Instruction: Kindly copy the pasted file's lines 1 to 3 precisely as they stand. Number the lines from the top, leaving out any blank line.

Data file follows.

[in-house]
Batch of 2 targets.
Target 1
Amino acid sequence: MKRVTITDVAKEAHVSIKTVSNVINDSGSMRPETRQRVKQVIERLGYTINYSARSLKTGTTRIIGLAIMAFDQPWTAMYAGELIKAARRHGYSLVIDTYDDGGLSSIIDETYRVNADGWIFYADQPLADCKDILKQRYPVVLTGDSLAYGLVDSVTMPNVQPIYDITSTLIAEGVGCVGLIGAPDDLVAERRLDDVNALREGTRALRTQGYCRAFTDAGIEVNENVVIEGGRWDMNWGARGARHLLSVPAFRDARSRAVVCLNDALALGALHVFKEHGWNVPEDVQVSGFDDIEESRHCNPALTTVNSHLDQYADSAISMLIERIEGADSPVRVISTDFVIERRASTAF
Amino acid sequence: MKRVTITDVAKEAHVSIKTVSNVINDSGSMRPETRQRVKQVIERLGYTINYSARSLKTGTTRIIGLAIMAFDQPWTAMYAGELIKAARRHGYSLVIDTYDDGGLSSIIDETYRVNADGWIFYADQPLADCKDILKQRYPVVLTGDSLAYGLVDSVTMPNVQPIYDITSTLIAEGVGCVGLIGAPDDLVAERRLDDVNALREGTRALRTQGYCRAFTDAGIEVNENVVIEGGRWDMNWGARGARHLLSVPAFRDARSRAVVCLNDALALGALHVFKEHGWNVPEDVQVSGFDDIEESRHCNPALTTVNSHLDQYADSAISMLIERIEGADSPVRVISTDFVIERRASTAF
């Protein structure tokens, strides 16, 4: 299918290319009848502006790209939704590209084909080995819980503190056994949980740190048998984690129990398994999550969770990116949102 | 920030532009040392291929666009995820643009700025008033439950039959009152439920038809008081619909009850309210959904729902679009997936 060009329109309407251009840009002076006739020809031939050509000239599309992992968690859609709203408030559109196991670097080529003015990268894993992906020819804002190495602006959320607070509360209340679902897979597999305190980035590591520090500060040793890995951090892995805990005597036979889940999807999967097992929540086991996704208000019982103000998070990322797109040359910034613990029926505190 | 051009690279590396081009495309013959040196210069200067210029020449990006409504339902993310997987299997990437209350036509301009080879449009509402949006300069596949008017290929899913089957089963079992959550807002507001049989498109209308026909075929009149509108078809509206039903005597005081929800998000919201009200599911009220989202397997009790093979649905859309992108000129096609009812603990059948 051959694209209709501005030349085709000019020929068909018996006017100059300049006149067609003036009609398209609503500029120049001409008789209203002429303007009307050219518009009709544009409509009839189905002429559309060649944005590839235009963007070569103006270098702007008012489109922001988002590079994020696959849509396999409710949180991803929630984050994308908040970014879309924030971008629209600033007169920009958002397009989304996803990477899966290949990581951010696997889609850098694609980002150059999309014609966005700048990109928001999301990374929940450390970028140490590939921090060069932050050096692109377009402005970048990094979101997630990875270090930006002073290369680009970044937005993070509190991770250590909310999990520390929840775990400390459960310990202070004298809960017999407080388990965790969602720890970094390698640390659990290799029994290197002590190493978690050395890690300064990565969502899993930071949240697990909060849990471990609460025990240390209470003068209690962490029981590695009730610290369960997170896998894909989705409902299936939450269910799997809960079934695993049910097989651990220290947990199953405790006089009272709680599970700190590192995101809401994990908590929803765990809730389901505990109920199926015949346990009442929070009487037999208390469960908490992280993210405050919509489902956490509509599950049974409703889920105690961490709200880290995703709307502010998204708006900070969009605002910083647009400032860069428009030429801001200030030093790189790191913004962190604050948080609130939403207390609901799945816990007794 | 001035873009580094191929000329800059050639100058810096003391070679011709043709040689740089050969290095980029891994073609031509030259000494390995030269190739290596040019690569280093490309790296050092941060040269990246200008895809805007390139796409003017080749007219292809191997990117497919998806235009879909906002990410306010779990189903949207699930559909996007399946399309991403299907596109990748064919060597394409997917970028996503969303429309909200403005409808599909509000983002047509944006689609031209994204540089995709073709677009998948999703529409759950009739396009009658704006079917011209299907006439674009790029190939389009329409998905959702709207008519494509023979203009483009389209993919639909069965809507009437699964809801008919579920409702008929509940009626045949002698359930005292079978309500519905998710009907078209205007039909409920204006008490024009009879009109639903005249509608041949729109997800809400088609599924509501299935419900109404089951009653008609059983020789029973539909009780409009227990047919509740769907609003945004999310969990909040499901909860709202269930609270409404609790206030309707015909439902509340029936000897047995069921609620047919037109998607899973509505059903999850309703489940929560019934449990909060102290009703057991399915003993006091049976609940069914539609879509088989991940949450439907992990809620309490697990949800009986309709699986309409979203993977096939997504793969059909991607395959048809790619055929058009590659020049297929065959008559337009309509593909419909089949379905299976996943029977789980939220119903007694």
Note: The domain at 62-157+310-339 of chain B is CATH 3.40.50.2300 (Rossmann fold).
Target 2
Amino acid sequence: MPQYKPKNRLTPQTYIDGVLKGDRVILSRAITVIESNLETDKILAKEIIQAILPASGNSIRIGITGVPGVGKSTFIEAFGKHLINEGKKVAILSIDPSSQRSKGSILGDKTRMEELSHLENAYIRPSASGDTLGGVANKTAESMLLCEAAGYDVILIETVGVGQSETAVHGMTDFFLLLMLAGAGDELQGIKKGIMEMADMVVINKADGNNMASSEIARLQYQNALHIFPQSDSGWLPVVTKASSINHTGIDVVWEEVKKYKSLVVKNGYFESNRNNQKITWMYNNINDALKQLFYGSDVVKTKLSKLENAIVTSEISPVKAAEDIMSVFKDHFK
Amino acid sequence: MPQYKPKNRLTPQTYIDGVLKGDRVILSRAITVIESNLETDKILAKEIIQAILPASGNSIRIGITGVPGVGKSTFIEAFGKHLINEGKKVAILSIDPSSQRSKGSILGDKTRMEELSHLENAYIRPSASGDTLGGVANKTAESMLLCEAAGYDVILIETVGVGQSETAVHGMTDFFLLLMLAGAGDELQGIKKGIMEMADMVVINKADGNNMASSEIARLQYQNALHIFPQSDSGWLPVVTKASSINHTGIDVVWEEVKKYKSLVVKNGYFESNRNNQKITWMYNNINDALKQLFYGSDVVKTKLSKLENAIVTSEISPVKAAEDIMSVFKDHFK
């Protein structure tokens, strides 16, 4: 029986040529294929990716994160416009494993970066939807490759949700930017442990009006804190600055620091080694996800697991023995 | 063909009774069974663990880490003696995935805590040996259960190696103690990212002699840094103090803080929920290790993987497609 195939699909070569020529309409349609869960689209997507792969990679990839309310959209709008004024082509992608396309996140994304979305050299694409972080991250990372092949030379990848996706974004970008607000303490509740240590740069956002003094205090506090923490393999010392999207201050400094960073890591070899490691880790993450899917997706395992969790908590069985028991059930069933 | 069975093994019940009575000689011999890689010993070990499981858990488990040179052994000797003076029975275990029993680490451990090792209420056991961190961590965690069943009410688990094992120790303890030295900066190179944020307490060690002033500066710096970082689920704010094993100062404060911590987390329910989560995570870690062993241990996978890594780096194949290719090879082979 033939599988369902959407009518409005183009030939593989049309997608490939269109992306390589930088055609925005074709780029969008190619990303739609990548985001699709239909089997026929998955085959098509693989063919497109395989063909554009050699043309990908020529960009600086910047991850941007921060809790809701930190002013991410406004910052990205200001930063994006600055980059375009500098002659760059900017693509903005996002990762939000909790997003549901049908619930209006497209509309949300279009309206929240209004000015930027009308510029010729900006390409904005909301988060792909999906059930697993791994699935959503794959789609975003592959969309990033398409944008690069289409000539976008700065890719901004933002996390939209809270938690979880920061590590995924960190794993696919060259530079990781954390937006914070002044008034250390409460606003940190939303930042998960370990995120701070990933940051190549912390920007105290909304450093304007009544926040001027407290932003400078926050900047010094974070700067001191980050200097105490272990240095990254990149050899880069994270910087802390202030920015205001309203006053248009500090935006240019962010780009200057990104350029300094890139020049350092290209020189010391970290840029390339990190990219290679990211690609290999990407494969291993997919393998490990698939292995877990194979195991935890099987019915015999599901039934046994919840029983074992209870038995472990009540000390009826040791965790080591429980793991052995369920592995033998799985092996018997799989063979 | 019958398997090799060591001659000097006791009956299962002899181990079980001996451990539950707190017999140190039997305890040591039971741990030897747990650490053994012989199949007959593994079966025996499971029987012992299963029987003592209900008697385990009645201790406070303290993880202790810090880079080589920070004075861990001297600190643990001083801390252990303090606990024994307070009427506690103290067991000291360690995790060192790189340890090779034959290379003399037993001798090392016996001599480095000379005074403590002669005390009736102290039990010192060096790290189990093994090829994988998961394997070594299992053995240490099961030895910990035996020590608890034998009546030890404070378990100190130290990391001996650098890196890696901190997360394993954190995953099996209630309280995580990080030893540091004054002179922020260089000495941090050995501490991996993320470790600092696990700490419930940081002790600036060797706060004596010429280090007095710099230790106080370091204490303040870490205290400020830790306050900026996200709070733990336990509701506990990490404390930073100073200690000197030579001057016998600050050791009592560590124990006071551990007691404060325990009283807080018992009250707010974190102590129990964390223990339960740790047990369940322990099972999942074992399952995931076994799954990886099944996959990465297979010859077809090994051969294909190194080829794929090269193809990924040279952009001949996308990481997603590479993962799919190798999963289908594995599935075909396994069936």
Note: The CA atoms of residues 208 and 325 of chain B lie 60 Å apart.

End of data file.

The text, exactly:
[in-house]
Batch of 2 targets.
Target 1